“I do not like any of the options for raising the retirement age,” commented Vladimir Putin, breaking his conspicuous silence on pension reform. “I assure you,” he told volunteers at an event in Kaliningrad on July 20, “in the government there are few who do.” While Russia has made news in the West of late with its malicious acts in cyberspace and machinations in the Middle East, the singular domestic issue of the day is pension reform. The issue has fomented mass protests in Russia—an outpouring of anger which is the largest Putin has faced over an economic issue since taking power.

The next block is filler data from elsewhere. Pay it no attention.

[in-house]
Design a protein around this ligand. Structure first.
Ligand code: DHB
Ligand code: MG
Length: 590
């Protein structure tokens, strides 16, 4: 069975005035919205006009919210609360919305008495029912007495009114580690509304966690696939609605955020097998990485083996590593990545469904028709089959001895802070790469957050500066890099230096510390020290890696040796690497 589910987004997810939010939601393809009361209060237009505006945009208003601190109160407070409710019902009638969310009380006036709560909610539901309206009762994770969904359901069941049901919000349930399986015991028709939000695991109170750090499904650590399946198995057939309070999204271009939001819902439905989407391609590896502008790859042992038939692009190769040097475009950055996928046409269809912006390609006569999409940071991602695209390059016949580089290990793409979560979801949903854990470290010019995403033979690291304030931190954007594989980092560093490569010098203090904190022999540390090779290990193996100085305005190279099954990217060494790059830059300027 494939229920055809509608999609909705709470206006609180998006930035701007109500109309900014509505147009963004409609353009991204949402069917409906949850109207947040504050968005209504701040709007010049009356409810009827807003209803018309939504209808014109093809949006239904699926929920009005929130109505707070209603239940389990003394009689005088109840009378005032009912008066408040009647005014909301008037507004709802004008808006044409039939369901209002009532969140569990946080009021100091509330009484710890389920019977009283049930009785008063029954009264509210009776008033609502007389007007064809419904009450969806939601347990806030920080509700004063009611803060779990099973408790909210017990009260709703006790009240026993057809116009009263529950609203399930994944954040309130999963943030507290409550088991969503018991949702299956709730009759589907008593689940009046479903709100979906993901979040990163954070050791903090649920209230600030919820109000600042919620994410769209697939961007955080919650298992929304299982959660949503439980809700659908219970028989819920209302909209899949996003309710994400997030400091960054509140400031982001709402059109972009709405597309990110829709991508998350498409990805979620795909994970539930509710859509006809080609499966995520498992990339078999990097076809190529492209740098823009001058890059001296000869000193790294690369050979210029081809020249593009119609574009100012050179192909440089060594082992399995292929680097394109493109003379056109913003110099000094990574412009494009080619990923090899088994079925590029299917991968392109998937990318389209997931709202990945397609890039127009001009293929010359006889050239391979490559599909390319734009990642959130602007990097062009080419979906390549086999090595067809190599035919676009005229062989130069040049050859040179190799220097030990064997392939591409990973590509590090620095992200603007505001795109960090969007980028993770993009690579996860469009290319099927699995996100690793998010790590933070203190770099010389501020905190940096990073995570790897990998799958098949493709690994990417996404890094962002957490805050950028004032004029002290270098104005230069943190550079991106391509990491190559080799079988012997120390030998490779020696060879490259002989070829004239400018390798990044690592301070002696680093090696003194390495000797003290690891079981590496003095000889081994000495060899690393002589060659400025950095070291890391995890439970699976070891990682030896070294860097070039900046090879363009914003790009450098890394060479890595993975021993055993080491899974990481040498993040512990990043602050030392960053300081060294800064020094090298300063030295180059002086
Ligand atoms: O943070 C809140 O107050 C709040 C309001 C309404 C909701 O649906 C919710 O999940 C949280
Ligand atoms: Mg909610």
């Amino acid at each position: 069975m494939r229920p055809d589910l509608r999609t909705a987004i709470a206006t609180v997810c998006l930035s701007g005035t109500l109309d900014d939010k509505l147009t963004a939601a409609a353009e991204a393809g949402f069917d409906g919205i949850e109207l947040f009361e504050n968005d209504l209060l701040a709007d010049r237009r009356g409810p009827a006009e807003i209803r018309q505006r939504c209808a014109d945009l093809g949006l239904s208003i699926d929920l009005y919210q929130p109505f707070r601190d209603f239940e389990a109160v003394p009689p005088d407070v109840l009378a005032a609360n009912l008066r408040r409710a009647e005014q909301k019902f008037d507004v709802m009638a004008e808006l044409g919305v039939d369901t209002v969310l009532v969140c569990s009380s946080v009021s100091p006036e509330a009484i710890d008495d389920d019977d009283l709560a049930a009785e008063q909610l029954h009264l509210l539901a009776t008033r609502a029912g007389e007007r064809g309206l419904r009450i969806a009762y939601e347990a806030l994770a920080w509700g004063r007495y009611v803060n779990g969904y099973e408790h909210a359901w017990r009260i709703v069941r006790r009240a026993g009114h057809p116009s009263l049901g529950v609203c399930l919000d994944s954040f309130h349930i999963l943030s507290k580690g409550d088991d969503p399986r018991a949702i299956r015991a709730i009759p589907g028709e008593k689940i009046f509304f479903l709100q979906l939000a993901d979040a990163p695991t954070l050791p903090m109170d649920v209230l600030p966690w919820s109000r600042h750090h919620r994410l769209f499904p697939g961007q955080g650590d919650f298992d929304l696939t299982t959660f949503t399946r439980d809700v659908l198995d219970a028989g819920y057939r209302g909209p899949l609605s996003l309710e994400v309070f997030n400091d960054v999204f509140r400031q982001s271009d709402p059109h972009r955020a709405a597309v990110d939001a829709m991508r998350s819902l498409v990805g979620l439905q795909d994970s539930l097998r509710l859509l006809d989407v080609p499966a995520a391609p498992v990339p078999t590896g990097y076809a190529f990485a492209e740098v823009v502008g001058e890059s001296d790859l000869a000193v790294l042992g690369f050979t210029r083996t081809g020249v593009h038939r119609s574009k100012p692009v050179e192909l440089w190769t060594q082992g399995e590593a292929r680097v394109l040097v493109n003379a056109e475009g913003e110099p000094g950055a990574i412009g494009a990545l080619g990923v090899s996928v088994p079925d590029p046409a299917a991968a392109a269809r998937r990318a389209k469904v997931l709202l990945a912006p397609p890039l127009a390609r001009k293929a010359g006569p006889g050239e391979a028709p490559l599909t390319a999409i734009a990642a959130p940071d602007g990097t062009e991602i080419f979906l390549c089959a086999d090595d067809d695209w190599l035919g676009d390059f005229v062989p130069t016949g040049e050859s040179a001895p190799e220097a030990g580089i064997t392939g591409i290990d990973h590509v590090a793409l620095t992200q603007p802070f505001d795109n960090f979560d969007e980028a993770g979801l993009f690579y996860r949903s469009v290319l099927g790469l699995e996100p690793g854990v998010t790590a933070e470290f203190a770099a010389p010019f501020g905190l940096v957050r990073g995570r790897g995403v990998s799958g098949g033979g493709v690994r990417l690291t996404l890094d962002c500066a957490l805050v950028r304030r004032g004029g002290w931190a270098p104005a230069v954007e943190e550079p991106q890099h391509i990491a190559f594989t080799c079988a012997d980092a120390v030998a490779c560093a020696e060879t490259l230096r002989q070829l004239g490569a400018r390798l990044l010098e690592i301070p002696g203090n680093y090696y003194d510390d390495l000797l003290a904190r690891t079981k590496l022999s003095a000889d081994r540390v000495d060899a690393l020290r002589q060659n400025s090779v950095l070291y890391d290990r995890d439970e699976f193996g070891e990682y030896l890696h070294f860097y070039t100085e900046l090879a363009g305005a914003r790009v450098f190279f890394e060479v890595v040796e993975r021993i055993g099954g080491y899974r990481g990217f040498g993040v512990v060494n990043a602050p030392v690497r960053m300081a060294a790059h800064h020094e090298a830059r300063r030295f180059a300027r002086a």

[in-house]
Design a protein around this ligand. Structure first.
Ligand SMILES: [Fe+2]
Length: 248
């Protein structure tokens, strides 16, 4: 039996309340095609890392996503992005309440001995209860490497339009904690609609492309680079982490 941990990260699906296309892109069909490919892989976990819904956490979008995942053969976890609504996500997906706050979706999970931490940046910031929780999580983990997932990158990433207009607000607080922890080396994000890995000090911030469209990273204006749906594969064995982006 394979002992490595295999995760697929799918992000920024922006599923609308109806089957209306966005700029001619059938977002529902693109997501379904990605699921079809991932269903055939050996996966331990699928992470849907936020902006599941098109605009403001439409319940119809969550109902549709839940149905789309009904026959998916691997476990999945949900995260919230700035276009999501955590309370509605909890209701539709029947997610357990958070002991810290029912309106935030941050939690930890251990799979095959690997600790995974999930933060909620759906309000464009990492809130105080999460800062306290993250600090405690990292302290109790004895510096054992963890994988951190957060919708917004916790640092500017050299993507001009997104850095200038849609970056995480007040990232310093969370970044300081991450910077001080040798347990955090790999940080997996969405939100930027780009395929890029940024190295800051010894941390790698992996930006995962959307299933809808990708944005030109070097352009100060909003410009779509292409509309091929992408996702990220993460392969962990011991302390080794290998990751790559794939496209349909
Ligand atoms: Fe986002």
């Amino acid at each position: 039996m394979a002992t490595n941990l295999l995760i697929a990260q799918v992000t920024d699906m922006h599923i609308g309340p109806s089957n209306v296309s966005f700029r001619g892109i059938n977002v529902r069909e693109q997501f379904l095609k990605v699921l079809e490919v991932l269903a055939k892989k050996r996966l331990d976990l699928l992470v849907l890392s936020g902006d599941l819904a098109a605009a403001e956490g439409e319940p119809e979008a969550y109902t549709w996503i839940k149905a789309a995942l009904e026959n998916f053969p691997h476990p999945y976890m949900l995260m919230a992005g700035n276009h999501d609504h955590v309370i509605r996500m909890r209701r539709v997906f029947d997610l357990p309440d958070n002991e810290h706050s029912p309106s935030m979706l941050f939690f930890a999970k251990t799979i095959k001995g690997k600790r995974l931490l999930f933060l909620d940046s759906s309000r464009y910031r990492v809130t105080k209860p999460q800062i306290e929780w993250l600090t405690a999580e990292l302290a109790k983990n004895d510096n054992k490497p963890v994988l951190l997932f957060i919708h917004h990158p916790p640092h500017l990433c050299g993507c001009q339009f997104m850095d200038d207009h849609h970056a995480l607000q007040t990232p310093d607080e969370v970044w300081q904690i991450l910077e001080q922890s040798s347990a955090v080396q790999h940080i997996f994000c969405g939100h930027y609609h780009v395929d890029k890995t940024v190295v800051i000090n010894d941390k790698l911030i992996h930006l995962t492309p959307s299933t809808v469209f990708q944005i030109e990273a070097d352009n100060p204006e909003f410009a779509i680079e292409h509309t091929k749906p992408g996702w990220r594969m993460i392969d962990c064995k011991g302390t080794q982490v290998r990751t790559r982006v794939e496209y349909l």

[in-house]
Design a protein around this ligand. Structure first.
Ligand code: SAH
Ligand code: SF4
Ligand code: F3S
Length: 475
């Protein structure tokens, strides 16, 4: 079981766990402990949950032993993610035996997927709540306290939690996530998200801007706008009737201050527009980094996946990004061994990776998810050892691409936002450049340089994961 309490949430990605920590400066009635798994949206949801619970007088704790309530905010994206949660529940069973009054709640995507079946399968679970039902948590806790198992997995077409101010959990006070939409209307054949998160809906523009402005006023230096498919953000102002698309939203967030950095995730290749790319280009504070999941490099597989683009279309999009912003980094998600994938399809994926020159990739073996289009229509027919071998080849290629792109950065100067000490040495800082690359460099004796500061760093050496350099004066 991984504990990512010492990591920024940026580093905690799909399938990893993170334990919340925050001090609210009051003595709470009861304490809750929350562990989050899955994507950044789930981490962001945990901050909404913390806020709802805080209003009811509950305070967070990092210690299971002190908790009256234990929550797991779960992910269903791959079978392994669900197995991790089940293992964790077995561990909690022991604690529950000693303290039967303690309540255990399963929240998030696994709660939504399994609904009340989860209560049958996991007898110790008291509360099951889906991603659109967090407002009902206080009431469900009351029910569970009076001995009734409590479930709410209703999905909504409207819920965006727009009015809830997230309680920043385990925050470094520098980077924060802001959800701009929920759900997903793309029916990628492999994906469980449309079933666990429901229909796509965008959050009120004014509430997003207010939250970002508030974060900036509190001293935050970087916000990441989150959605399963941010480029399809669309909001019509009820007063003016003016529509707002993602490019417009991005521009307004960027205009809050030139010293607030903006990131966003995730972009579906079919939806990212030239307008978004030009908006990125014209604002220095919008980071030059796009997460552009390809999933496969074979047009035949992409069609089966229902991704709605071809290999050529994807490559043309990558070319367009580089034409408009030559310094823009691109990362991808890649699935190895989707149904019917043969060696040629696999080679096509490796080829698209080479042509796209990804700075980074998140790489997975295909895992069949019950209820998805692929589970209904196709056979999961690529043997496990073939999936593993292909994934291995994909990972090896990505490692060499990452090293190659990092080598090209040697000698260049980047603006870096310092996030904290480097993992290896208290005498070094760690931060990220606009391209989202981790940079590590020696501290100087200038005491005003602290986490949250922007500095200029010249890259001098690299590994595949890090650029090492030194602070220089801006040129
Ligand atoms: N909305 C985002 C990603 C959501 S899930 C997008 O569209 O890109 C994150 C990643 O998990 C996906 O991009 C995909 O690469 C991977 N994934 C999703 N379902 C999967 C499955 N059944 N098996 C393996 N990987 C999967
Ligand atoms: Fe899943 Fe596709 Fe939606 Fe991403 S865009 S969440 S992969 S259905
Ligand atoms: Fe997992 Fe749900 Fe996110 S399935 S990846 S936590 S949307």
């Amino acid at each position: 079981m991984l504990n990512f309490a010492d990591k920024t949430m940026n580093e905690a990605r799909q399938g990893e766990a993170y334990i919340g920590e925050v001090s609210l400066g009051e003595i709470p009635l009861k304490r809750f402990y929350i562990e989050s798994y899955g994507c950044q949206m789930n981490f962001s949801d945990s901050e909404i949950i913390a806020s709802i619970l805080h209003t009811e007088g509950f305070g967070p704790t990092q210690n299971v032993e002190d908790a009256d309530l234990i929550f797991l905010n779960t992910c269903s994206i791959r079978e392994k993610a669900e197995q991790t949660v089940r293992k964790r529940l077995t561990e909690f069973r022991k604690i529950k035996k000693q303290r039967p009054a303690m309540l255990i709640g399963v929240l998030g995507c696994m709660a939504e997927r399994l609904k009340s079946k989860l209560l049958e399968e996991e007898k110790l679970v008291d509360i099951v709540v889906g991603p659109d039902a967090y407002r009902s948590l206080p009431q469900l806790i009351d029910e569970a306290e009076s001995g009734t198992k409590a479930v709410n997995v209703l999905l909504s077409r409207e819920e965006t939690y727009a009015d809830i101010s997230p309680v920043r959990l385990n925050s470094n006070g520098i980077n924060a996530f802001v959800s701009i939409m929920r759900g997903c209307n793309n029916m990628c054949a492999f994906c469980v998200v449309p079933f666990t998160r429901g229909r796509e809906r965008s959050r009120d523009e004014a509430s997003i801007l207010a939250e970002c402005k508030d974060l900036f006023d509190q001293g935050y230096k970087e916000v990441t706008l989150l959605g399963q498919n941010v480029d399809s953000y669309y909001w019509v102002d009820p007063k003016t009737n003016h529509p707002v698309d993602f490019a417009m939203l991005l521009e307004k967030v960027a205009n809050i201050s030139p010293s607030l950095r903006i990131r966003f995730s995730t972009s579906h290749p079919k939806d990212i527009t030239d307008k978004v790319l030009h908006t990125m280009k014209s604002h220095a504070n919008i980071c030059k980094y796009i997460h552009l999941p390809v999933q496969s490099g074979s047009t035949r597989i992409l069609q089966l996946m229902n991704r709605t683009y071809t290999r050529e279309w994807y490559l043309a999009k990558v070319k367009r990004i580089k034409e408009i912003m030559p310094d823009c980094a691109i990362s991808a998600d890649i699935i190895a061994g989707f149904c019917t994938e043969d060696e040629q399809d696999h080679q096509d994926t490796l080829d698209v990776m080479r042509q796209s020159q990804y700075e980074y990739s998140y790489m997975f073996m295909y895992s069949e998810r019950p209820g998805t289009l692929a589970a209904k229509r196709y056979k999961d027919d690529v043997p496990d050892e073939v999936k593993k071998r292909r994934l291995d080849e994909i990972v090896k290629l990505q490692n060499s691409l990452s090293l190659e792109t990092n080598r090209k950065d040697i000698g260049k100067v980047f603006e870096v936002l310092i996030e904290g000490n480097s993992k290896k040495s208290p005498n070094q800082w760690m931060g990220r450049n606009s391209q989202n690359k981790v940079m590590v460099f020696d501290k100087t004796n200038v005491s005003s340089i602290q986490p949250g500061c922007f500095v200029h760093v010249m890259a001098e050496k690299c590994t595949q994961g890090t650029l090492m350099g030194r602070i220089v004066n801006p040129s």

So why have Russian authorities embarked on pension reform now, what does it entail, and what does it mean for domestic politics? No, Putin is not about to be toppled. But pension reform is a critical issue for Russia, and one that may have meaning closer to home than meets the eye.